International Human Rights Day - Promote, Get Involved, Reflect

This year, we celebrate the 70th anniversary of the Universal Declaration of Human Rights. Today, December 10, 2018, is International Human Rights Day, and we take the opportunity, on this important day, not only to commemorate the Declaration, but especially to promote it, to get involved in defending it and to reflect on actions to be taken to make it more relevant through our actions.

We have asked representatives from six organizations to share with us the connection they can make between one of the articles in the Declaration and the work they do.

“For us, Articles 22 and 25 of the Universal Declaration of Human Rights are of the utmost importance, because they recognize the right to social security, and basic rights (food, clothing, housing, medical care, social services, etc.) for every person. We constantly rely on these rights when lobbying the government.”

Pauline Gallant, co-chair of the New Brunswick Common Front for Social Justice.

“As early as 1948 with Article 23, the Declaration of Human Rights affirmed that “everyone, without any discrimination, has the right to equal pay for equal work”. It opened the door to other international conventions, such as the 1951 Convention C100, which supports the principle of "equal remuneration for men and women workers for work of equal value”. That is what we refer to as pay equity in Canada. In New Brunswick, the Coalition succeeded in obtaining the Pay Equity Act, 2009 for the public sector. Now, we need legislation for the private sector. After all, it's an internationally recognized right since 1951.”

Johanne Perron, Executive Director of the New Brunswick Coalition for Pay Equity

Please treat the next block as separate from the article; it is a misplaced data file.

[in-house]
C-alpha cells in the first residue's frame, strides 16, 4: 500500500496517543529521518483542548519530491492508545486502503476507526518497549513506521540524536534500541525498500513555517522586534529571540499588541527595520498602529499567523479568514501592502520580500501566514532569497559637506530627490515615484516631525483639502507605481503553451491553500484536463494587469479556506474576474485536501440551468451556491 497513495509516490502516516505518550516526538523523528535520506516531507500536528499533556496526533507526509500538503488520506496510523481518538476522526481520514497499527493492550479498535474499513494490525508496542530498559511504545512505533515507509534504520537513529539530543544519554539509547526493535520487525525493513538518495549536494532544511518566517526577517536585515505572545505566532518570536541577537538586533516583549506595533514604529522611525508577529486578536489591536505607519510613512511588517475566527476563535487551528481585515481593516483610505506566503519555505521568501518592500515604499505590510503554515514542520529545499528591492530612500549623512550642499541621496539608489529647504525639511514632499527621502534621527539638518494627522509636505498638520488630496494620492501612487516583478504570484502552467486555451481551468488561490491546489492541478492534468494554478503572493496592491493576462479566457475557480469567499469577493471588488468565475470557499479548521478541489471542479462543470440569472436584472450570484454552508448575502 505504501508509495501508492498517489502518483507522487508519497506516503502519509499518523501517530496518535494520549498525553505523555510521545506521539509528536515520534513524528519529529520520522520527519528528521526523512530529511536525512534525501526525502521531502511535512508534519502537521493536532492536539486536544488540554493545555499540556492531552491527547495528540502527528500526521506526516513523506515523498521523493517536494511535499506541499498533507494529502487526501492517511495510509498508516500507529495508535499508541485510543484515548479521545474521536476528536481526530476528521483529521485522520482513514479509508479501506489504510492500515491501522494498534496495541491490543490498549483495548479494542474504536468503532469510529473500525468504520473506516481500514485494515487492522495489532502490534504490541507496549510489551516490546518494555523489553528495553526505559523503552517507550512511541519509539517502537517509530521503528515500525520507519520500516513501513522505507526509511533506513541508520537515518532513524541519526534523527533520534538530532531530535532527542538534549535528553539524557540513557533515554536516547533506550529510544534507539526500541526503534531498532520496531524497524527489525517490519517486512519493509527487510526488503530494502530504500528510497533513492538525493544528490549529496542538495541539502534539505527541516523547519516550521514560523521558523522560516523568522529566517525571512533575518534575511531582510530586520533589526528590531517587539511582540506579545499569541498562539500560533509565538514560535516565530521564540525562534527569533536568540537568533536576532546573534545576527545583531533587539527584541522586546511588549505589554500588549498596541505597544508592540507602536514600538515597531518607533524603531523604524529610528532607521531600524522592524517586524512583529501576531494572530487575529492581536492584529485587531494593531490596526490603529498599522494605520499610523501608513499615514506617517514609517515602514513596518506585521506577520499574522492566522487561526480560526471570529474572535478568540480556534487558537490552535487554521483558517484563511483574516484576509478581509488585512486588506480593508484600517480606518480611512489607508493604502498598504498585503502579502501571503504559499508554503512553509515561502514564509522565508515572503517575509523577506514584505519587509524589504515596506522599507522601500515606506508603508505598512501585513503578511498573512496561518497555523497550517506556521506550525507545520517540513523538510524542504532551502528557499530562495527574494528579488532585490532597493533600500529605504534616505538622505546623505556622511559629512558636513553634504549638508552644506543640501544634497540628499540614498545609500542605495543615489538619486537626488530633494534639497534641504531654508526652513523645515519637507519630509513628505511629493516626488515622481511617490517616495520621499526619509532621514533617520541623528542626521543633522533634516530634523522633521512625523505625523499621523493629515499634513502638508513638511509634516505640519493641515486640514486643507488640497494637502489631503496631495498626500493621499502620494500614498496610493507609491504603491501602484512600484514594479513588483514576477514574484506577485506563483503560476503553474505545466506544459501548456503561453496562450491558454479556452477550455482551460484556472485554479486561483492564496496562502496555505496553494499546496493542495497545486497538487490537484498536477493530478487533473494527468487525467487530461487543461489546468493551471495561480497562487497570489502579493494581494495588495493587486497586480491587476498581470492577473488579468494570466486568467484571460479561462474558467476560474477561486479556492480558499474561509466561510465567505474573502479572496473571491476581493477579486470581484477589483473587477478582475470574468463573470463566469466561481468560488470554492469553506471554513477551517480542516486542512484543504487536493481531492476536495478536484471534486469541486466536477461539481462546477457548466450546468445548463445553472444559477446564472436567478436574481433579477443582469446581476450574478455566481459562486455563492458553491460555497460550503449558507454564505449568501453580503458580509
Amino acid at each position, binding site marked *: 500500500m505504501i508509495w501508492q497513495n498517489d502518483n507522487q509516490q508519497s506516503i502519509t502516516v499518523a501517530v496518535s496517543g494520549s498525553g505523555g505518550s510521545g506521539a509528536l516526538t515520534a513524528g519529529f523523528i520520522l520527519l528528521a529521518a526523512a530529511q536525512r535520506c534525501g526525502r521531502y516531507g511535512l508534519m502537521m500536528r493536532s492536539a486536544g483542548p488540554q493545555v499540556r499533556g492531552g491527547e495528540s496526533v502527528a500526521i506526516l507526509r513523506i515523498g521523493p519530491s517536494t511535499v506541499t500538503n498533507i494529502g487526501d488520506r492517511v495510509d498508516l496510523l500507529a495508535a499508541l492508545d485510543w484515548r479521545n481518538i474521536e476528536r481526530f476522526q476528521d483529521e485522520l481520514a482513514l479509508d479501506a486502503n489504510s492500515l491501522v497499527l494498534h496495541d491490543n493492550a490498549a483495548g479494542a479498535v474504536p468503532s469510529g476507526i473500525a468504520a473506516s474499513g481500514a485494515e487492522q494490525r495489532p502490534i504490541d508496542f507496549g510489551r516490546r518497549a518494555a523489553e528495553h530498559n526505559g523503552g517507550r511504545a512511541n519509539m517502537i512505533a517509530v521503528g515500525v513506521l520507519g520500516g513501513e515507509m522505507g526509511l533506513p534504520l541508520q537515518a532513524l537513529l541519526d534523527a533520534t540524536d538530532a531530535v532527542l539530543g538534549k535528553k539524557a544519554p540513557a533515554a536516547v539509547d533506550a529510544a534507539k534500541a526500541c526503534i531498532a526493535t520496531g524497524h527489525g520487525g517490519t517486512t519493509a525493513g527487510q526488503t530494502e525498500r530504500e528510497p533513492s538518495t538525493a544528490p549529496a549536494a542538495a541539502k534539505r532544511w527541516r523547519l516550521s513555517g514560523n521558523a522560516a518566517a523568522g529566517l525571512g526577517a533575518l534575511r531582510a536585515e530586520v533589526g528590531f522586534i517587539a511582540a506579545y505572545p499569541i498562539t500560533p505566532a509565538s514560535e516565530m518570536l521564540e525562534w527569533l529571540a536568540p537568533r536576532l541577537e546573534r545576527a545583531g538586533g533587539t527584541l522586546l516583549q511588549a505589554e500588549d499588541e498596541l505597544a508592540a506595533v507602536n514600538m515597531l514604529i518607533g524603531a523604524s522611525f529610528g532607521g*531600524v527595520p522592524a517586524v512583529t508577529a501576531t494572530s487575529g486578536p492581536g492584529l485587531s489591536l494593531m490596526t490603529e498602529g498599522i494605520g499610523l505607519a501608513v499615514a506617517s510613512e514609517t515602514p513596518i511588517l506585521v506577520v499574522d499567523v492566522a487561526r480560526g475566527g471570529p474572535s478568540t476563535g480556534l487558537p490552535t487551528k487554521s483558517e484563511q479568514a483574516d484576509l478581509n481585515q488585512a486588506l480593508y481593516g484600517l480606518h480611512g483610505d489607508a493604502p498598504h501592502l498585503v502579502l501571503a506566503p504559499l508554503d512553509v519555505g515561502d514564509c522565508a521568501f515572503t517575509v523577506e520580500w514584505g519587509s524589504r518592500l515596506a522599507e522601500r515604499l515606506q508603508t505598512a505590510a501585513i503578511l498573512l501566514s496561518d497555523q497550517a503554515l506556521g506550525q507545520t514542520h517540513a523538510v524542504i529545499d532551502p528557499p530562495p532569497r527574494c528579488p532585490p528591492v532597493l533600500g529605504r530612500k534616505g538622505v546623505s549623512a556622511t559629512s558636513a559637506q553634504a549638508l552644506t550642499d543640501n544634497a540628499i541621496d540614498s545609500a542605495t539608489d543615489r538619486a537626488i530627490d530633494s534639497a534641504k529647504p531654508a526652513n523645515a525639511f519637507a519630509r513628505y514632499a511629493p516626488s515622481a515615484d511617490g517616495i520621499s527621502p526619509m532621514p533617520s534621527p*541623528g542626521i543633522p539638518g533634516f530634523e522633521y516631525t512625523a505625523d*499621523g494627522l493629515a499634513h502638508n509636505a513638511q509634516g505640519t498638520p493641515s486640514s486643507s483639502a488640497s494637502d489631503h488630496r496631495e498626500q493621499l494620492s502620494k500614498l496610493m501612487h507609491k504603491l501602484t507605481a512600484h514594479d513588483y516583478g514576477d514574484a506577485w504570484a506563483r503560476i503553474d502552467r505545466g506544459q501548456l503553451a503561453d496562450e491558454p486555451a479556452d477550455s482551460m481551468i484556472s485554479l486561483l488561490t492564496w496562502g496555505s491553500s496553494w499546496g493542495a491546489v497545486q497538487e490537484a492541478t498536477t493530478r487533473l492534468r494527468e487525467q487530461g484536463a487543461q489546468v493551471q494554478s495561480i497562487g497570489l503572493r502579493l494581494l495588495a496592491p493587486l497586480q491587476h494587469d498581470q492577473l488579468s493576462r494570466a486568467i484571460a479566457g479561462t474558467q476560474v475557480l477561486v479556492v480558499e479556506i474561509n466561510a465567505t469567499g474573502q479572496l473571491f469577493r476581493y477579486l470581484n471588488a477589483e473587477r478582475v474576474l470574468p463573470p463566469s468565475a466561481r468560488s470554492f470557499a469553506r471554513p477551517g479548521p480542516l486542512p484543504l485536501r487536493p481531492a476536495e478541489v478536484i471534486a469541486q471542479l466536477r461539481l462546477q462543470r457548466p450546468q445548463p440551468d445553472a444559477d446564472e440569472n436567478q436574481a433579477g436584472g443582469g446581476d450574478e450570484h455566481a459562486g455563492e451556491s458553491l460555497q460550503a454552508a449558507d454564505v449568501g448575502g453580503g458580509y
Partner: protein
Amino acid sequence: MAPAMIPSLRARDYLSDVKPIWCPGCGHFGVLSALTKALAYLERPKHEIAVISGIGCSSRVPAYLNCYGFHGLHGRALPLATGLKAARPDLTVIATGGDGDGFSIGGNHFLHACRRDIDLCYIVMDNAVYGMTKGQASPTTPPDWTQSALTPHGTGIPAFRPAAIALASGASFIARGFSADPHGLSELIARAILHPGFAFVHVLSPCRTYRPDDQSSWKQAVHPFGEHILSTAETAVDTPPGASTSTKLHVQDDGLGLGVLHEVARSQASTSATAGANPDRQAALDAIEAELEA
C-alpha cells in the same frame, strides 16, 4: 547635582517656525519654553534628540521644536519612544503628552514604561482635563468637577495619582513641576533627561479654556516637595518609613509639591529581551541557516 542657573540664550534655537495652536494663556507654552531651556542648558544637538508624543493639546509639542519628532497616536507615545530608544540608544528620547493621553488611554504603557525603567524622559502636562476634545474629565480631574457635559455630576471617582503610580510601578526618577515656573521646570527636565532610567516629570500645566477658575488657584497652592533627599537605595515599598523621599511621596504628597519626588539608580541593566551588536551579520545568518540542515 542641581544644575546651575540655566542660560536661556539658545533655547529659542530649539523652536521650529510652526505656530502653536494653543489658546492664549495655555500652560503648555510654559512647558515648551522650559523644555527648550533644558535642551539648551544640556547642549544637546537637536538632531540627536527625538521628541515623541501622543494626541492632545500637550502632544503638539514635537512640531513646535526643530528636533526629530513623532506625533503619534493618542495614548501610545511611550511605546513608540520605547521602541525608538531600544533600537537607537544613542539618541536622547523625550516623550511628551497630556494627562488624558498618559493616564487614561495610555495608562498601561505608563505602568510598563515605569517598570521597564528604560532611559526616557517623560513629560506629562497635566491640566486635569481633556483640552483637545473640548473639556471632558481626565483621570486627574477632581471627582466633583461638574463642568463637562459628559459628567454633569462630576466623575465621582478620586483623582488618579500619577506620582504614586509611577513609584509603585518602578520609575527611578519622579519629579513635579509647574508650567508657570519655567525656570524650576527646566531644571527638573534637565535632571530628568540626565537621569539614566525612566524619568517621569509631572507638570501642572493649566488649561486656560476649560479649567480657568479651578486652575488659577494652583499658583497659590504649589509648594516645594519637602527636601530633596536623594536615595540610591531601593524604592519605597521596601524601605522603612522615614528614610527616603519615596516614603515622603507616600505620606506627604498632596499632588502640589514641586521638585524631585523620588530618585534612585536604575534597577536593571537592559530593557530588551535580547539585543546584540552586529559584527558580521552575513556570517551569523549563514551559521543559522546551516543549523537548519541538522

“On the 70th anniversary of the Universal Declaration of Human Rights it is important that all workers be knowledgeable of Article 23. This article is so relevant today with all the struggles that workers and the labour movement have been enduring. These are rights that we must continue to fight for here in Canada, considering the legislation that has forced postal workers back to work, and now with the struggle and arrest being made with regards to allies of postal workers defending not only postal workers rights, but the rights of all workers here in Canada. Worldwide workers are persecuted, and even killed for attempting to join a union. We have much work to do to ensure that this declaration of human rights is upheld.”

Patrick Colford, President of the New Brunswick Federation of Labour

“Although 2018 marks the 70th anniversary of the Universal Declaration of Human Rights, two recent studies have revealed that, unfortunately, the number of seniors who are victims of violence and abuse in Canada has increased over the last few years, and many of these seniors live in poverty. The Association francophone des aînés du Nouveau-Brunswick (Association of Francophone Seniors of New Brunswick) is working hard to defend the rights of seniors in New Brunswick, as well as to ensure their well-being. Each senior should be able to live in safety, without the fear of not having enough money each month to have a decent life, where his or her basic needs are met.”

Luc Doucet, Executive Director of the New Brunswick Francophone Association of Seniors